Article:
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Jewish lobbyists contrived a U.S. congressional vote that labeled the World War One-era massacre of Armenians by Turkish forces as genocide, a London-based Arabic-language newspaper claimed on Saturday.

Pro-Israel lobbyists had previously backed Turkey on the issue ? but changed tack in retaliation for Turkish condemnation of Israel's policies in the Gaza Strip, the Al-Quds Al-Arabi daily said in an editorial, according to Israel Radio reports.

Israel and Turkey are traditional allies but ties took a downturn in 2009 when Turkish Prime Minister Recep Tayyip Erdogan condemned Israel's offensive in Gaza, in which some 1,400 Palestinians and 13 Israelis were killed.

A crisis in diplomatic relations came to a head in January when when Deputy Foreign Minister Danny Ayalon publicly humiliated Turkey's ambassador in front of press cameras.

In his leading article, Al-Quds Al-Arabi editor Abd al-Bari Atwan curged Erdogan not to give in to the Jewish lobby's "extortion" tactics.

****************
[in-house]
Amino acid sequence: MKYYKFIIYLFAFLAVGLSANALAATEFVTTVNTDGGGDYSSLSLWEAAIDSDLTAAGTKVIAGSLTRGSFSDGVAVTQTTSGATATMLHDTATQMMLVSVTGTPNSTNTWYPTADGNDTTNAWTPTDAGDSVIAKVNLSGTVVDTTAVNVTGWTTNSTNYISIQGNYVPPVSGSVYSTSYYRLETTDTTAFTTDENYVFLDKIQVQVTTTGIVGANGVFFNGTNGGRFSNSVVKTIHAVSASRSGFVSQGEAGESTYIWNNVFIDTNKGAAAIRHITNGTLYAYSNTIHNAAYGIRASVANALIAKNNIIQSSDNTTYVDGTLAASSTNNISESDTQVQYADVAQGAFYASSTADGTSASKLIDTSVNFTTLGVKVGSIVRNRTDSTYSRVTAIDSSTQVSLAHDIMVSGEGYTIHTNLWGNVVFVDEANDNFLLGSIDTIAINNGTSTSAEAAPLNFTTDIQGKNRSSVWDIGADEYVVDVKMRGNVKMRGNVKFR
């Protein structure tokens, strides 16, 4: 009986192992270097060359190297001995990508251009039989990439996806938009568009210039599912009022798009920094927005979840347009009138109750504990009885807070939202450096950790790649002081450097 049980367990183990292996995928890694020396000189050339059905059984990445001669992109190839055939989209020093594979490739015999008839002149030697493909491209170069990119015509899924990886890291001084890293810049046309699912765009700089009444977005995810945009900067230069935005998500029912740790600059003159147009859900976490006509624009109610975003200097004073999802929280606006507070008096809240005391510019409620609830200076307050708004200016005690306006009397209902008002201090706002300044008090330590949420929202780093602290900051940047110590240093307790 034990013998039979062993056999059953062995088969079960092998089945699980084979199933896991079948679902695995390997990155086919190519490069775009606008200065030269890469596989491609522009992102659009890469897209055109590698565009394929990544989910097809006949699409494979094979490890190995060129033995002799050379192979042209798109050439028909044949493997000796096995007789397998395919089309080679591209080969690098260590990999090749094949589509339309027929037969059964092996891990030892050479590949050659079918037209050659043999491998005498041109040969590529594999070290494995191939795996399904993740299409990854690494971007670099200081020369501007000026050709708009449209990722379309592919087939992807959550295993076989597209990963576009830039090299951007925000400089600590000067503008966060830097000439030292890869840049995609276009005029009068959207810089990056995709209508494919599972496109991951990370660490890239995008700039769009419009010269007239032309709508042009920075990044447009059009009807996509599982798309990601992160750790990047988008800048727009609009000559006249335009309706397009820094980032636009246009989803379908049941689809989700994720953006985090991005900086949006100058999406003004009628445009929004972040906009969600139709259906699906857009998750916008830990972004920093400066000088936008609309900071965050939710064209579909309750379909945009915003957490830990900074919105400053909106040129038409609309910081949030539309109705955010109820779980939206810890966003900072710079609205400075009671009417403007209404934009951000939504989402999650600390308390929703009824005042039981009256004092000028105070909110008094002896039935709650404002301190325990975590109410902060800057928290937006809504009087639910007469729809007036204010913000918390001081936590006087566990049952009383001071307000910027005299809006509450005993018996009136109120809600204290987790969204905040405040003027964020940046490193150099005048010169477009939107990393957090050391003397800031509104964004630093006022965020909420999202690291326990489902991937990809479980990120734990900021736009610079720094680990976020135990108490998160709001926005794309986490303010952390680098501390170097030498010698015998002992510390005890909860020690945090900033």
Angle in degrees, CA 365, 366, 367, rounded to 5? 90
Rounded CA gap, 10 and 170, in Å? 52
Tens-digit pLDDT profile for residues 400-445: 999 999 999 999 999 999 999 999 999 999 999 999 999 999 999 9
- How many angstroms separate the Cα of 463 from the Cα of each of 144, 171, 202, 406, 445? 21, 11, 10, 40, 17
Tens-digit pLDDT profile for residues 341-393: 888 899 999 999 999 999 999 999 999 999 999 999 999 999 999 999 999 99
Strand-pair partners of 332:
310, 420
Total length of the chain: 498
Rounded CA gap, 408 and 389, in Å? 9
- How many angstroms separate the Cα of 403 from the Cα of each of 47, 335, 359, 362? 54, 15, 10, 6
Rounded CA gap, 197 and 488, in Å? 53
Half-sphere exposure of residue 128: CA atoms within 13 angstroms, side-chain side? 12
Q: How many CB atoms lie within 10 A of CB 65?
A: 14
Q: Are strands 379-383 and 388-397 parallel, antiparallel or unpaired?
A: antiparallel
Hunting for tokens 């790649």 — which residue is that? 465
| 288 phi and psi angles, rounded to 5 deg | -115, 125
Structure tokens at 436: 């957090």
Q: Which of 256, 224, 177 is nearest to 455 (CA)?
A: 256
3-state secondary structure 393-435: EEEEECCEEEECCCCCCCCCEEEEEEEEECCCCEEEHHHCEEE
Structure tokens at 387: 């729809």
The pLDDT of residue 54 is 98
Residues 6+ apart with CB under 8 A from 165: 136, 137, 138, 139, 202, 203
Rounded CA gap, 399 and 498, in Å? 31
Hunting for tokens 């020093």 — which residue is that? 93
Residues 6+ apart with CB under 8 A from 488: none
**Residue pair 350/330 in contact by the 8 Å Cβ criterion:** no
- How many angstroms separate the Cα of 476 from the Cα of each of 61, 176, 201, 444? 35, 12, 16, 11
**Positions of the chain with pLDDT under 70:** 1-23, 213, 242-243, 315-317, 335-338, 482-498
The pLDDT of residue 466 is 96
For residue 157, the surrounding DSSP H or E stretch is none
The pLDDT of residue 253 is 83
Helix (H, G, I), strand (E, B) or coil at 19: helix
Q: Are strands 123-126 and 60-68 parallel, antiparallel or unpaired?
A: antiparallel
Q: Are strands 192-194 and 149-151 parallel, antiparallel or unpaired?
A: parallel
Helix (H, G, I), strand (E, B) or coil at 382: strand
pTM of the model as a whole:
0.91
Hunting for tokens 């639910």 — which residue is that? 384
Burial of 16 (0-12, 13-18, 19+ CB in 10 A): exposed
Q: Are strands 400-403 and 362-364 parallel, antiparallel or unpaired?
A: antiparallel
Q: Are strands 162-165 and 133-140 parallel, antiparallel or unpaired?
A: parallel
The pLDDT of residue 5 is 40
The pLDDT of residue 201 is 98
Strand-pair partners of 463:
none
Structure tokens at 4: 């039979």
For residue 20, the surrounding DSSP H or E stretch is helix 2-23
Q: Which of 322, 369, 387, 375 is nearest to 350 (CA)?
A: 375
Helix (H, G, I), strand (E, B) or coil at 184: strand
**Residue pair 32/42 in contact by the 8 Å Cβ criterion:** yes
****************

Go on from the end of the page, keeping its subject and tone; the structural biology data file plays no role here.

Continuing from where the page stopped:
Erdogan on Thursday recalled Turkey's ambassador to Washington after the House of Representatives Foreign Affairs Committee voted 23-22 to approve the non-binding resolution, clearing it for consideration by the full House.

"The decision of the Foreign Affairs Committee will not hurt Turkey, but it will greatly harm bilateral relations, interests and vision. Turkey will not be the one who loses," said Erdogan, speaking at a summit of Turkish businessmen.

Armenian Foreign Minister Edward Nalbandian said the vote was a boost for human rights.

The vote calls on President Barack Obama to ensure U.S. policy formally refers to the massacre as genocide, putting him in a tight spot.

In a telephone call with Turkish President Abdullah Gul on Wednesday, Obama emphasized his administration had urged lawmakers to consider the potential damage to efforts to normalize Armenian-Turkish ties, a senior administration official said.

At a news conference in Costa Rica on Thursday, U.S. Secretary of State Hillary Clinton said she and Obama, who both supported proposed Armenia genocide resolutions as presidential candidates, had changed their minds because they believed the drive to normalize relations between Turkey and Armenia was bearing fruit.

Turkey, a Muslim secular democracy that plays a vital role for U.S. interests from Iraq to Iran and in Afghanistan and the Middle East, accepts that many Armenians were killed by Ottoman forces but denies that up to 1.5 million died and that it amounted to genocide - a term employed by many Western historians and some foreign parliaments.

Turkey regards such accusations as an affront to its national honor.